Project Report

Hub and spoke model: making rural healthcare in India affordable, available and accessible


name here
Srichand Devarakonda
1 MBA (US) MBA (India - Gold Medalist), BS, Professional member *


* Srichand Devarakonda


1 British Computer Society, Swindon, UK


3 February 2016 Volume 16 Issue 1


RECEIVED: 30 January 2015

REVISED: 19 September 2015

ACCEPTED: 2 December 2015


Devarakonda S.  Hub and spoke model: making rural healthcare in India affordable, available and accessible. Rural and Remote Health 2016; 16: 3476.


© James Cook University 2016

go to urlCorrigendum to this article 3918


Context: Quality health care should be within everyone's reach, especially in a developing country. While India has the largest private health sector in the world, only one-fifth of healthcare expenditure is publically financed; it is mostly an out-of-pocket expense. About 70% of Indians live in rural areas making about $3 per day, and a major portion of that goes towards food and shelter and, thus, not towards health care. Transportation facilities in rural India are poor, making access to medical facilities difficult, and infrastructure facilities are minimal, making the available medical care insufficient. The challenge presented to India was to provide health care that was accessible, available and affordable to people in rural areas and the low-income bracket.
Issues: The intent of this article is to determine whether the hub and spoke model (HSM), when implemented in the healthcare industry, can expand the market reach and increase profits while reducing costs of operations for organizations and, thereby, cost to customers. This article also discusses the importance of information and communications technologies (ICT) in the HSM approach, which the handful of published articles in this topic have failed to discuss. This article opts for an exploratory study, including review of published literature, web articles, viewpoints of industry experts, published journals, and in-depth interviews. This article will discuss how and why the HSM works in India's healthcare industry while isolating its strengths and weaknesses, and analyzing the impact of India's success. India's HSM implementation has become a paramount example of an acceptable model that, while exceeding the needs and expectations of its patients, is cost-effective and has obtained operational and health-driven results. Despite being an emerging nation, India takes the top spot in terms of affordability of ICT as well as for having the highest number of computer-literate graduates and healthcare workers in the world. These factors further aid the implementation of HSM in India, thereby proving the model as a stable operational environment that is saving costs in a financially challenged nation.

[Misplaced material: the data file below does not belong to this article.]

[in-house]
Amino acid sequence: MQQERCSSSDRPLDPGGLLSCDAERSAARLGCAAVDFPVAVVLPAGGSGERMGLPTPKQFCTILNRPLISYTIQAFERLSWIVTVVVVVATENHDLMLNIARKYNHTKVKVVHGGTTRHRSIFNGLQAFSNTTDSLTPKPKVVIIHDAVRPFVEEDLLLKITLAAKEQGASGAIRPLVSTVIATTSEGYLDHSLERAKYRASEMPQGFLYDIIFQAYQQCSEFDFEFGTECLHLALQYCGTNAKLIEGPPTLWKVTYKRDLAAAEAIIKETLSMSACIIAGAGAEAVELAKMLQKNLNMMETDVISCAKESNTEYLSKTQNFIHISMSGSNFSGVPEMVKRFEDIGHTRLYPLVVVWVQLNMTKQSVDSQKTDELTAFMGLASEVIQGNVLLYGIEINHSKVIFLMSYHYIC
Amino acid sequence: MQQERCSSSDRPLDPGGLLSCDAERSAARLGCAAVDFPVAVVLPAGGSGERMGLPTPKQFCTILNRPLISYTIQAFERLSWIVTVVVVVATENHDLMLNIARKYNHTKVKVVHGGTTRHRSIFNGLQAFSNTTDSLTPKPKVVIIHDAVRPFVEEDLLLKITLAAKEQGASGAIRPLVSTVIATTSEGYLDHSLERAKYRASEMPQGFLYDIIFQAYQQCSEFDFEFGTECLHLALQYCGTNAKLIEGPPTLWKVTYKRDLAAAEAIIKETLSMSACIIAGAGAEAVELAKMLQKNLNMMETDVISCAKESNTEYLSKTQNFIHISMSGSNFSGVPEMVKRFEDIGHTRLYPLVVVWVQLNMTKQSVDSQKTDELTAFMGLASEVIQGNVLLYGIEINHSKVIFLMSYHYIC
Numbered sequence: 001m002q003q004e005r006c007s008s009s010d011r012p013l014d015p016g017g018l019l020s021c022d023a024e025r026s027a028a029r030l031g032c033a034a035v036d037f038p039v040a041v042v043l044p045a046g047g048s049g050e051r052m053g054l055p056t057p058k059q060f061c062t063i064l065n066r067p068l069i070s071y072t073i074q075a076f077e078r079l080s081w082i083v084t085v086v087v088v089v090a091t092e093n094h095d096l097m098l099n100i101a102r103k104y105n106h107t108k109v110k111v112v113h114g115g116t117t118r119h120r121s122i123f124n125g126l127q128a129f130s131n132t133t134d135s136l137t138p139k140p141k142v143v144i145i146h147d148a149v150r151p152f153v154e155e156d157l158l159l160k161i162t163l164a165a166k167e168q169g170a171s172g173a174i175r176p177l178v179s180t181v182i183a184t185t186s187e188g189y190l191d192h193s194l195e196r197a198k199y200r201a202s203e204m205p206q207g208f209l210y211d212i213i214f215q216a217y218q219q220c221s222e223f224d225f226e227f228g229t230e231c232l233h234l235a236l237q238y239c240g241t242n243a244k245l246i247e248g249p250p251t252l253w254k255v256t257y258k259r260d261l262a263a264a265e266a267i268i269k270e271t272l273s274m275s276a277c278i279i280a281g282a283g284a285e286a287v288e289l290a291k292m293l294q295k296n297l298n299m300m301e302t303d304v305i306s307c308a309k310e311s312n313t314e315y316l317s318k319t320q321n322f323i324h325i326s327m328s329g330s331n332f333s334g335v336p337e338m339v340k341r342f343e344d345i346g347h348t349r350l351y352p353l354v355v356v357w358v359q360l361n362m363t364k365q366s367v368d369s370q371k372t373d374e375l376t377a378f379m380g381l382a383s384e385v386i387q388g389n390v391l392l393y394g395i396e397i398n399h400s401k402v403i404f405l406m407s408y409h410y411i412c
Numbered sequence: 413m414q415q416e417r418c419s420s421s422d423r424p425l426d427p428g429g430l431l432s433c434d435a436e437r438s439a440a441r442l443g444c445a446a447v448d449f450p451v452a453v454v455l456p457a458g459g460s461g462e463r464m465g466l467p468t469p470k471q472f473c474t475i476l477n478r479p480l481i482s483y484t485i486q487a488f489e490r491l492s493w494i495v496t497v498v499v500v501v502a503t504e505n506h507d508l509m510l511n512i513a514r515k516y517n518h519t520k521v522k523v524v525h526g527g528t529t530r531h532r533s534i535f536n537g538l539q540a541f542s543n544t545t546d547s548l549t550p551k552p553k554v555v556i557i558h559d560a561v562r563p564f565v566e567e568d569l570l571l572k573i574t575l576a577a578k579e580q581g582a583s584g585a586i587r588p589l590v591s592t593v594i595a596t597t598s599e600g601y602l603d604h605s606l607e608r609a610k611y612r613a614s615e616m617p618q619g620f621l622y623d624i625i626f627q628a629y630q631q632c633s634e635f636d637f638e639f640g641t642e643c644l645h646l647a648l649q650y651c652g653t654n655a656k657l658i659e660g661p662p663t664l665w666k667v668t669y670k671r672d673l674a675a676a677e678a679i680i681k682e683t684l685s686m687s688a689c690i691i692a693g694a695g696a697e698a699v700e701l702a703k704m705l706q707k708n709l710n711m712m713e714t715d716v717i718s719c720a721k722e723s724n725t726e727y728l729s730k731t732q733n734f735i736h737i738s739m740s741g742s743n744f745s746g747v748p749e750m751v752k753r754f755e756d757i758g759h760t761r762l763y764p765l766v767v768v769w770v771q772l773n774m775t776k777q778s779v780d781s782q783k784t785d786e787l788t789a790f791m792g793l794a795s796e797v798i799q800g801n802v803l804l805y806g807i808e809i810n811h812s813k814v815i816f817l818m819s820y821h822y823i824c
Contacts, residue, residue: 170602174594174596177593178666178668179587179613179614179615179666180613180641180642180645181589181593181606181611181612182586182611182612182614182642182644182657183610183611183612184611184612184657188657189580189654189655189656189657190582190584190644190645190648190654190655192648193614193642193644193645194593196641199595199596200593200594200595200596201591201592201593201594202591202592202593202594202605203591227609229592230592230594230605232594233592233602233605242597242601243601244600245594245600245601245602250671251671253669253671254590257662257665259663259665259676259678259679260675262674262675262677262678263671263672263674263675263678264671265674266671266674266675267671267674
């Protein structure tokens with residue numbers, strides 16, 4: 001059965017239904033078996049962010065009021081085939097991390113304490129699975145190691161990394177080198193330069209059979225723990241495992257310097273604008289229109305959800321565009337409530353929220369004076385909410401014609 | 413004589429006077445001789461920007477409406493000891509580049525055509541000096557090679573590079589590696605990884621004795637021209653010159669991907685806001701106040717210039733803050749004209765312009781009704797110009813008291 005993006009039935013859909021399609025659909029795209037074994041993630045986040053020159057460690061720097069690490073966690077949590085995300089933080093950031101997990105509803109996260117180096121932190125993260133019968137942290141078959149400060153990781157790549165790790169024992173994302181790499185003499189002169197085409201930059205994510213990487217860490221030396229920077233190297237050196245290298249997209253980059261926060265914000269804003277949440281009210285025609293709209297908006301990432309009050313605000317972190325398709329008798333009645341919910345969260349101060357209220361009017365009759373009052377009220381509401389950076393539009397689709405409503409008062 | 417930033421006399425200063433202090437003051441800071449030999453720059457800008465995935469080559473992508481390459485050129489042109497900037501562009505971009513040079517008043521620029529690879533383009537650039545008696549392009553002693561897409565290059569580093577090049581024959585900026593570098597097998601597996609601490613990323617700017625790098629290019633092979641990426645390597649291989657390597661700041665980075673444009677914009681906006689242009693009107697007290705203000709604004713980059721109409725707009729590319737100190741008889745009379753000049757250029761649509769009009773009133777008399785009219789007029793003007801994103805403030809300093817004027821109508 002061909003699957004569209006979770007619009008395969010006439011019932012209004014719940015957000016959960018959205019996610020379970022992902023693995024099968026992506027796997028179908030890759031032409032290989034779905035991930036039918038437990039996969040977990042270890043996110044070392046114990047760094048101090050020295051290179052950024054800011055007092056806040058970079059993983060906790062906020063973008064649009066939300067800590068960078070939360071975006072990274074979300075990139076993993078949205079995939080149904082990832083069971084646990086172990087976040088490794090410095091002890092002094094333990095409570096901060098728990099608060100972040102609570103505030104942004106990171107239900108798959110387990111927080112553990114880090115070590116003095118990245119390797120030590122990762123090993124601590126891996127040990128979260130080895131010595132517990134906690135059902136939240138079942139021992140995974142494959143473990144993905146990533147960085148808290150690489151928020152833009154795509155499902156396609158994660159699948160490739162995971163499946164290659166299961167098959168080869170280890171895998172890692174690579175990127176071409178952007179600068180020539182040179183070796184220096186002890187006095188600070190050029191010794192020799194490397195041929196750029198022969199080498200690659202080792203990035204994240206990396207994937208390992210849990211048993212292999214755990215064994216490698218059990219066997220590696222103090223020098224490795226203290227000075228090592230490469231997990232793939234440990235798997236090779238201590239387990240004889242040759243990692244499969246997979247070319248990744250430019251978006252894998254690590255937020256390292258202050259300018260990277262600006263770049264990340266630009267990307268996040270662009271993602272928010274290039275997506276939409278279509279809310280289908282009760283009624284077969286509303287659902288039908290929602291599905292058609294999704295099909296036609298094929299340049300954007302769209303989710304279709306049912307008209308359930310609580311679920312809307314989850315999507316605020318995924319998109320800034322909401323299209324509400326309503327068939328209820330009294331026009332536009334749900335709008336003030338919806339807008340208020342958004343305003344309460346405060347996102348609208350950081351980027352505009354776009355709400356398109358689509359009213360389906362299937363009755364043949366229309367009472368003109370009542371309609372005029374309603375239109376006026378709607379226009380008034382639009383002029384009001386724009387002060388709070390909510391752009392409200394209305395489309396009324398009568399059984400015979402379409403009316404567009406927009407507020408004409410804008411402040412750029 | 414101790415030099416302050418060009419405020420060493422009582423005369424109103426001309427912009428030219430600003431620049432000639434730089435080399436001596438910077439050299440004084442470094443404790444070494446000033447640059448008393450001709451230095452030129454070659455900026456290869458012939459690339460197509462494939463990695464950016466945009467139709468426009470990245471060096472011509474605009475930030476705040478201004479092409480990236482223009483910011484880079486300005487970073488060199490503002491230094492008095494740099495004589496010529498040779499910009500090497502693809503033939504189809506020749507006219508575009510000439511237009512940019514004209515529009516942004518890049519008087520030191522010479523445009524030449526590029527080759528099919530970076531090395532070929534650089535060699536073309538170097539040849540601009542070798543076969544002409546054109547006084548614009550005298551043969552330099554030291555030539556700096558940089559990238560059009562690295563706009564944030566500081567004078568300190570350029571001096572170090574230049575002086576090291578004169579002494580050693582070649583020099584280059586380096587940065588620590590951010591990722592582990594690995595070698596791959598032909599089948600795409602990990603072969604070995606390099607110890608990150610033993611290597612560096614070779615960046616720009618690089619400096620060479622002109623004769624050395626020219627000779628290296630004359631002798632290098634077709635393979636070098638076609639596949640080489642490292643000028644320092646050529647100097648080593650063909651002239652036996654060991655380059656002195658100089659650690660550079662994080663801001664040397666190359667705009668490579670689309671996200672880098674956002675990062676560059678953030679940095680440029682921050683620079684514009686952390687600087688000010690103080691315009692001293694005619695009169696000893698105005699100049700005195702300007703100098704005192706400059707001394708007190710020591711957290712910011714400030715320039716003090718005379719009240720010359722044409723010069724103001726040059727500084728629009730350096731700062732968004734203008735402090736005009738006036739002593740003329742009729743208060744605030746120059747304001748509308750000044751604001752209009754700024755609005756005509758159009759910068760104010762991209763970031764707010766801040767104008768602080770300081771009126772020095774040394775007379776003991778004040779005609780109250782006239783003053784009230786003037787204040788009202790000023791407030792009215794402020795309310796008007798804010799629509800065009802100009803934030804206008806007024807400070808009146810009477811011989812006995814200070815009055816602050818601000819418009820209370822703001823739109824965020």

Lessons learned: HSM has an innovative architecture that emphasizes optimal utilization of scarce healthcare resources in rural areas. HSM demonstrates that medical care can be provided to even the most rural areas while still utilizing modern procedures and equipment at a much more nominal cost to the end user. It also eliminates the need for unnecessary travel, and keeps costs low to medical facilities and patients alike. The model has the potential to create and sustain thousands of local jobs, both direct and indirect. The hope is that the review of the impact of the HSM in Indian health care will result in inquiries of a similar nature in the future.

Key words: cloud computing, healthcare delivery model, hub and spoke model, India, information and communication technology, low cost, rural clinics, urban hospitals.

full article:


Health care has always been a complicated issue, for both advanced and emerging countries. When a nation such as India strives to provide medical coverage for its people, it faces not only the inherent complications of medicine, but also the associated costs of paying for and supplying the necessary tools, equipment and training for its practitioners. Without a stable operational model, unifying geographically scattered patients, facilities and practitioners is a daunting endeavor. Often, facilities are located in areas that are accessible only to high-income individuals, whereas low-income brackets are left to fend for themselves with facilities that are ill-funded and under-supplied. As a result, clustered and niche sociodemographic areas emerge, and those unable to procure the necessary monies and transportation to the proper facilities are forced to leave their health to chance.

Uncontrolled population growth and disorganized urbanization as well as a lack of affordable, available and accessible medical facilities has put pressure on India's rural population to find its health resources in local remedies or by make do with scarce supplies. These practices often result in the detrimental and fatal state of many patients who succumb to ailments that could have been treated.

A few programs initiated by the Indian Government have:

... finally brought some infectious diseases under control, but the nation's ability to meet the basic medical needs of its citizens remains abysmal. Despite robust economic growth over the past two decades, the infant mortality rate is three times higher than China's and seven times greater than that of the US Of the 2 million Indians in need of heart surgery, fewer than 5% get it. Seventy percent of India's 12 million blind people could be cured by a simple surgery - if it were available to them.